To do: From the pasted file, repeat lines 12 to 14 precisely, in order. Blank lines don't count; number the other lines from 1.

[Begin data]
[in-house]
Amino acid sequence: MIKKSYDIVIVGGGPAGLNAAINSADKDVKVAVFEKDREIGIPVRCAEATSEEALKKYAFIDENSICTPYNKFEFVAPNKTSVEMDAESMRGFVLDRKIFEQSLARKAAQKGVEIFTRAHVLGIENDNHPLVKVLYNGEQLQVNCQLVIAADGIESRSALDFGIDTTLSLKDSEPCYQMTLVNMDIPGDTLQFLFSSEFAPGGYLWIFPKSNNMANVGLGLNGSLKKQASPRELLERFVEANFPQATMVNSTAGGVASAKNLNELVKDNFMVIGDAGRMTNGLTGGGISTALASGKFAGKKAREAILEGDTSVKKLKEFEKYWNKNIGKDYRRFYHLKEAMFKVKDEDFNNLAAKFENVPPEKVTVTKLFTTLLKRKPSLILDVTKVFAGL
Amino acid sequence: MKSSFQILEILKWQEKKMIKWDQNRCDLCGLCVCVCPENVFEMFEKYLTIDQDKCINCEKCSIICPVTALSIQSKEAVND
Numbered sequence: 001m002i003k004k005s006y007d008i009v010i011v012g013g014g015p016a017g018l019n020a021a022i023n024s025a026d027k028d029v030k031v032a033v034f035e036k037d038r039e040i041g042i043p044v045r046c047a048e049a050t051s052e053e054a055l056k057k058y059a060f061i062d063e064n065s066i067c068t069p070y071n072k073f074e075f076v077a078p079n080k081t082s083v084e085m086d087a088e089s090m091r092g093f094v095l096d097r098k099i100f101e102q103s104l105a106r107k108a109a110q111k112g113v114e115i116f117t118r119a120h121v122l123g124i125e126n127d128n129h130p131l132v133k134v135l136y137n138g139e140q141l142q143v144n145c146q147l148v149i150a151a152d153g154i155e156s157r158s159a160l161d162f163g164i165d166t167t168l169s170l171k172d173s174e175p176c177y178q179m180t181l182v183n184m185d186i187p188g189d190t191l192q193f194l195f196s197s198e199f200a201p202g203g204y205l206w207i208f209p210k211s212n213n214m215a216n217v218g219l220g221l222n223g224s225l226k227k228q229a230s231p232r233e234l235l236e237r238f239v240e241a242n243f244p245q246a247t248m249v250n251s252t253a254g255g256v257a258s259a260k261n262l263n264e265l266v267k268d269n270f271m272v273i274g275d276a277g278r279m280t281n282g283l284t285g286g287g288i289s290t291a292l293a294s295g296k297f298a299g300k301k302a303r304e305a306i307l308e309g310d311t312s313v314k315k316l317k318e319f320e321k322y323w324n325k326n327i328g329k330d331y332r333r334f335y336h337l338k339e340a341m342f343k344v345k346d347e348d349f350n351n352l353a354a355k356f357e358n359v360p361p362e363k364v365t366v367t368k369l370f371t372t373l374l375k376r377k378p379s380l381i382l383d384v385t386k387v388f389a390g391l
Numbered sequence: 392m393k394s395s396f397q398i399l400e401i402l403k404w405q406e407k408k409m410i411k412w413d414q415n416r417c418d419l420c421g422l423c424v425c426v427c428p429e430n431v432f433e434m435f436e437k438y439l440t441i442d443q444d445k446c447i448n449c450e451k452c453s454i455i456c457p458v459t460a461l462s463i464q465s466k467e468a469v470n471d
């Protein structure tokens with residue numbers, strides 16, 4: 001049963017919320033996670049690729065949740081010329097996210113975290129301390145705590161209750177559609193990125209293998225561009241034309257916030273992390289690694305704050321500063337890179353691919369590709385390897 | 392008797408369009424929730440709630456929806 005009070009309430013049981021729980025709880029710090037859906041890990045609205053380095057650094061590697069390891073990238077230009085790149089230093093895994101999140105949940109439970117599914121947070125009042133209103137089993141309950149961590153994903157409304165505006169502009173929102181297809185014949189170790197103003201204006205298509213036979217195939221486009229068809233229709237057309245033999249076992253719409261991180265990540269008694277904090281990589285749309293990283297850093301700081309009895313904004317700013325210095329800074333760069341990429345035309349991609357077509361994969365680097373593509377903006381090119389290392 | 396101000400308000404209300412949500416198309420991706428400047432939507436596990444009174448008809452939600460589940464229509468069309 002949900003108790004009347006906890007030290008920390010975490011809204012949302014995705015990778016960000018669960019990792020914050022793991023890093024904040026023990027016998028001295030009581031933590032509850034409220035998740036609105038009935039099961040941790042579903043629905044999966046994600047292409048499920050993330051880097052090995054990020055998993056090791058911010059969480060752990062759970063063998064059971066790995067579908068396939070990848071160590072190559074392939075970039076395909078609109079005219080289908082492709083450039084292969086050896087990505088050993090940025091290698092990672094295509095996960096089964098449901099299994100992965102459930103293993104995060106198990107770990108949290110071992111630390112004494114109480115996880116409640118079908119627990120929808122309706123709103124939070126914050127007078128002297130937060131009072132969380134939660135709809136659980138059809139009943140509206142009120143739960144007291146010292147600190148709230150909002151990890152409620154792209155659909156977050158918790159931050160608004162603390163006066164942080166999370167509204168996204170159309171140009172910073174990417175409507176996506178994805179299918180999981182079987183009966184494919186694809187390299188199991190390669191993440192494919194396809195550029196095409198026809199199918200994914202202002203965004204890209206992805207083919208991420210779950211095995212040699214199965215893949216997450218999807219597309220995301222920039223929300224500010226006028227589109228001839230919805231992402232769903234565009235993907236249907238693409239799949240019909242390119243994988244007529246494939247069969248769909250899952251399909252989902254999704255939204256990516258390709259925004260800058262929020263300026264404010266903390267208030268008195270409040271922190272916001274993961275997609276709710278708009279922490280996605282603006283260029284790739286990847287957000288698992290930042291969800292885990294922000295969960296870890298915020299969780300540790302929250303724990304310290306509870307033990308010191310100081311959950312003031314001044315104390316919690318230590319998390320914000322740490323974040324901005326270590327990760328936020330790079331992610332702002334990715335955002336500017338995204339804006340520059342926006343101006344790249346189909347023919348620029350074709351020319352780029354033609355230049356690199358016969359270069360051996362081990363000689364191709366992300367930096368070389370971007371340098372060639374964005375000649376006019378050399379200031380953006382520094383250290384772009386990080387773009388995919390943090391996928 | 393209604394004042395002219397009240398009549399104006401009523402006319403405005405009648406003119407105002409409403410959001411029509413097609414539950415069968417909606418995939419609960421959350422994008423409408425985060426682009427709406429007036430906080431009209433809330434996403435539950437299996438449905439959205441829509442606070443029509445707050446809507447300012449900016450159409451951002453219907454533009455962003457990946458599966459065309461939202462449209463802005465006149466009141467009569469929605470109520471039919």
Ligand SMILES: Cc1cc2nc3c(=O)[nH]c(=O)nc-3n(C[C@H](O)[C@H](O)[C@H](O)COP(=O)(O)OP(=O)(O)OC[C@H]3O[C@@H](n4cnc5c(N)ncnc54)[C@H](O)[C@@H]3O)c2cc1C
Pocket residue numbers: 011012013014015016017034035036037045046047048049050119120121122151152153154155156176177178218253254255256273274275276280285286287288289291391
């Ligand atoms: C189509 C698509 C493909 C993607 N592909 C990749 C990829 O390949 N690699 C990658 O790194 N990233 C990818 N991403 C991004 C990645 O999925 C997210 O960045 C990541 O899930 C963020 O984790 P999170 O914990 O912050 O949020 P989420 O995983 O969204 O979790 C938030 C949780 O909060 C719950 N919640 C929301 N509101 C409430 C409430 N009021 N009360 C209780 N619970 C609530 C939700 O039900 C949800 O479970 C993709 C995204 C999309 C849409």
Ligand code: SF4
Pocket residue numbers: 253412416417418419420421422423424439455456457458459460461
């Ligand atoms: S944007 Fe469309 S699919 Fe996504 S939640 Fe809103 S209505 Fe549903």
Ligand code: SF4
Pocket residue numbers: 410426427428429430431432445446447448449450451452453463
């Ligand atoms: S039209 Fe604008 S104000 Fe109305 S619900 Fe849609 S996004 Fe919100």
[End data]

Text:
């Ligand atoms: S944007 Fe469309 S699919 Fe996504 S939640 Fe809103 S209505 Fe549903």
Ligand code: SF4
Pocket residue numbers: 410426427428429430431432445446447448449450451452453463